Rear Brake Line Upgrade – What Length Do I Need?

Have you spent some time recently studying how your rear brake lines are routed? Often it’s not something people consider. Fortunately for you, we’ve taken a look. This post will help you determine what length your new brake hoses should be.

Brake hoses

OEM Solid Axle Brake Line Routing

Almost all solid rear axle vehicles have similar OEM brake line routing. It goes like this:

  • A single solid brake line is run from the master cylinder to the rear of the vehicle.
  • A single flexible rubber brake hose connects the solid line to a T fitting mounted on the axle.
  • The T fitting has two solid lines attached to it. One runs towards the left wheel, and the other towards the right wheel. Those hard lines go all the way to the wheel cylinder in your drum brakes.

Rear Axle Disc Brake Conversion Brake Line Routing

Disc brakes are different than drum brakes in two ways that affect brake line routing:

  1. Floating calipers move slightly when braking.
  2. Servicing the brakes usually requires removing the caliper.

Because the caliper moves, a flexible brake line is mandatory. And, a flexible brake line makes it much easier to service the brakes. We provide flexible brake hoses with our disc brake conversion kits. To install the hose:

  1. First cut the hard line on the axle. Use the hose we provided to determine where to make the cut. Hold one end about where it will bolt to the caliper, and the other end by the brake line on the axle.  The hose should have a slight S shape, and should not be taut. (It should have some slack in it.)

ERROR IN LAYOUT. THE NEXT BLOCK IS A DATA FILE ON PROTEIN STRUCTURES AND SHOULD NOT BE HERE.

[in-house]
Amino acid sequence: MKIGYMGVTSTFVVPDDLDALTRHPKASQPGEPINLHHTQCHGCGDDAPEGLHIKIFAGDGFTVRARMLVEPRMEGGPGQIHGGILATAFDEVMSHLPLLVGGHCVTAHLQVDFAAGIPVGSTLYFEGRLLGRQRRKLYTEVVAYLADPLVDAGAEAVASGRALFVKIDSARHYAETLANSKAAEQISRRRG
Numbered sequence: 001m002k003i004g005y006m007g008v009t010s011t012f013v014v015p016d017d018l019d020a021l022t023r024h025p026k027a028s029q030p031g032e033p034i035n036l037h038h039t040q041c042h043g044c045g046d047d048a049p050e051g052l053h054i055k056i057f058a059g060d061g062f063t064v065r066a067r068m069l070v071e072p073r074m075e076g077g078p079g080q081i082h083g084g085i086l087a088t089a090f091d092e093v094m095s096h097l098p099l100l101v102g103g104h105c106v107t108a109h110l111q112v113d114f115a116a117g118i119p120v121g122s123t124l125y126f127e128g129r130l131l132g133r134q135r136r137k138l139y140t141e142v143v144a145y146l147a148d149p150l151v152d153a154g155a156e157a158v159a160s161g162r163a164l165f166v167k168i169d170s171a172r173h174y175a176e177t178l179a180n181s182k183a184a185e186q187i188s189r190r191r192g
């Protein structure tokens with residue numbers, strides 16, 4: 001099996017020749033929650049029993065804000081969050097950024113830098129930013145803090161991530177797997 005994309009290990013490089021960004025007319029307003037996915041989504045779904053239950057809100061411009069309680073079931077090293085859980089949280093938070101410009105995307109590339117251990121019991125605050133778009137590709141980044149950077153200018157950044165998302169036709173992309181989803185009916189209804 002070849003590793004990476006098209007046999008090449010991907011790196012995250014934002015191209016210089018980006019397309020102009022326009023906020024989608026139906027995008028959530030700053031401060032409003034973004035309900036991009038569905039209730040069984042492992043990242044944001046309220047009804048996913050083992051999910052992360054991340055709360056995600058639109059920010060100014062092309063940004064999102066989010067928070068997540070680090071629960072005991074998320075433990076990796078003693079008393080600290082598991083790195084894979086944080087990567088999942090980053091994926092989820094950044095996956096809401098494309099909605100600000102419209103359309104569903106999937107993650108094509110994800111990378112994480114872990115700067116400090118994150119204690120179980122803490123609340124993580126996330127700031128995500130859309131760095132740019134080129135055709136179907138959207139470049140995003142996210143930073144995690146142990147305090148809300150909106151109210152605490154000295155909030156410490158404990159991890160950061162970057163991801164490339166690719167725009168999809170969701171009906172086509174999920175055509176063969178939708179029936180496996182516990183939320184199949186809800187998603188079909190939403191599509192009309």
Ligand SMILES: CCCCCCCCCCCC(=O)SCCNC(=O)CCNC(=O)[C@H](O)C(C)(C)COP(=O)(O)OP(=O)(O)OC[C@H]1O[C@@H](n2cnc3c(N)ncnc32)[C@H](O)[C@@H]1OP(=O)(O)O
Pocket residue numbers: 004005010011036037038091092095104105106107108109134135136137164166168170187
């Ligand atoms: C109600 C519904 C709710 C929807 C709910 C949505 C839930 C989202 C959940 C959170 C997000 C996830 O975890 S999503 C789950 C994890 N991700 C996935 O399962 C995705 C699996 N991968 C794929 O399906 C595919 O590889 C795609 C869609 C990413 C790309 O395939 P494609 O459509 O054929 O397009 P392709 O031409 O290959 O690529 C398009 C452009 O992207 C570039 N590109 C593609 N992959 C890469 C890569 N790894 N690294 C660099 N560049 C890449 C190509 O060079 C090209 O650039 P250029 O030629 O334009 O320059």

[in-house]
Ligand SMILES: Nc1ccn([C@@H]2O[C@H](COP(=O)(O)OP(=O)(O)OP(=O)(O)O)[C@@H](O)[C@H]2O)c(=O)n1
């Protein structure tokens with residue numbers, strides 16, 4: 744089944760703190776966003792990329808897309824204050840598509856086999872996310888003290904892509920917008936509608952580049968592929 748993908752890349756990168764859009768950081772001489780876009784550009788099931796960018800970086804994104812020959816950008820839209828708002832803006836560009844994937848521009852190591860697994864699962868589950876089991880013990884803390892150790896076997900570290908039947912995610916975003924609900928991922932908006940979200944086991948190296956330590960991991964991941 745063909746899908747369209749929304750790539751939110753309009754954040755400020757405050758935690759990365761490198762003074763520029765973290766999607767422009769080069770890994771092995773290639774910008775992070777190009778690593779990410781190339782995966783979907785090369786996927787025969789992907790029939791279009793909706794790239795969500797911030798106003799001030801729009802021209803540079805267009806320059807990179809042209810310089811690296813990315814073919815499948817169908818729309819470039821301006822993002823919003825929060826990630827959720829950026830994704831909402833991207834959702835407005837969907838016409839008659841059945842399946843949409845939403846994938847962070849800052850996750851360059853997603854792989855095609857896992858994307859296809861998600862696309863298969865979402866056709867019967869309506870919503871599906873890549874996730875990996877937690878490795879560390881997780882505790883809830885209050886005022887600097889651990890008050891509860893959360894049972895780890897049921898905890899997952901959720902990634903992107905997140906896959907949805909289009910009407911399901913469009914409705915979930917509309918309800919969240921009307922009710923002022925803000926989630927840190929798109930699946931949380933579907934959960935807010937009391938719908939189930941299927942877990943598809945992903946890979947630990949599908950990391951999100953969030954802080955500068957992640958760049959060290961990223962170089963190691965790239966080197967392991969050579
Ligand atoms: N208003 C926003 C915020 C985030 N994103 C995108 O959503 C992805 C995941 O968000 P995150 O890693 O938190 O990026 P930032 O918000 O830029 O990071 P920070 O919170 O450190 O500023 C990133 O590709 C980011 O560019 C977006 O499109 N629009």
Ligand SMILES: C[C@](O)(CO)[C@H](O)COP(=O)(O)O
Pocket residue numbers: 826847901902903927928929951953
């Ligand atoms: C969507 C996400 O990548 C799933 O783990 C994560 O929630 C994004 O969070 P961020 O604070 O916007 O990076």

2. Use a flaring tool to re-flare the end of the brake line.
  3. Connect the hose supplied with your kit to this hard line.

The hose included with our disc brake kit goes from the caliper to the axle, so the amount of lift doesn’t matter for hose length. No matter how much you lift your truck, the length of the outer flexible brake hoses will not need to change. It doesn’t matter if you are getting new rubber brake hoses or flexible braided stainless-steel brake hoses.

Front Axle Disc Brake Conversion Brake Line Routing

Some modifications create a situation where you should change your OEM front brake line routing. If you have:

  1. Converted an independent front suspension vehicle to a solid axle (solid axle swapped).
  2. And/or installed a lift and larger tires on a solid axle vehicle.

Both of these mods create more suspension travel than a frame to caliper brake hose can handle from a safety standpoint. Long frame to caliper hoses will have too much slack when the suspension is in a neutral position or compressed. The slack hose can either catch on the tire lugs and rip off suddenly, or be worn through slowly. This is obviously unsafe.

The safe solution is to set up your front brake lines just like the rear. This takes a little more effort, but it’s the only safe way to do it. OEM’s only run from the frame to the caliper because they know that suspension travel is limited.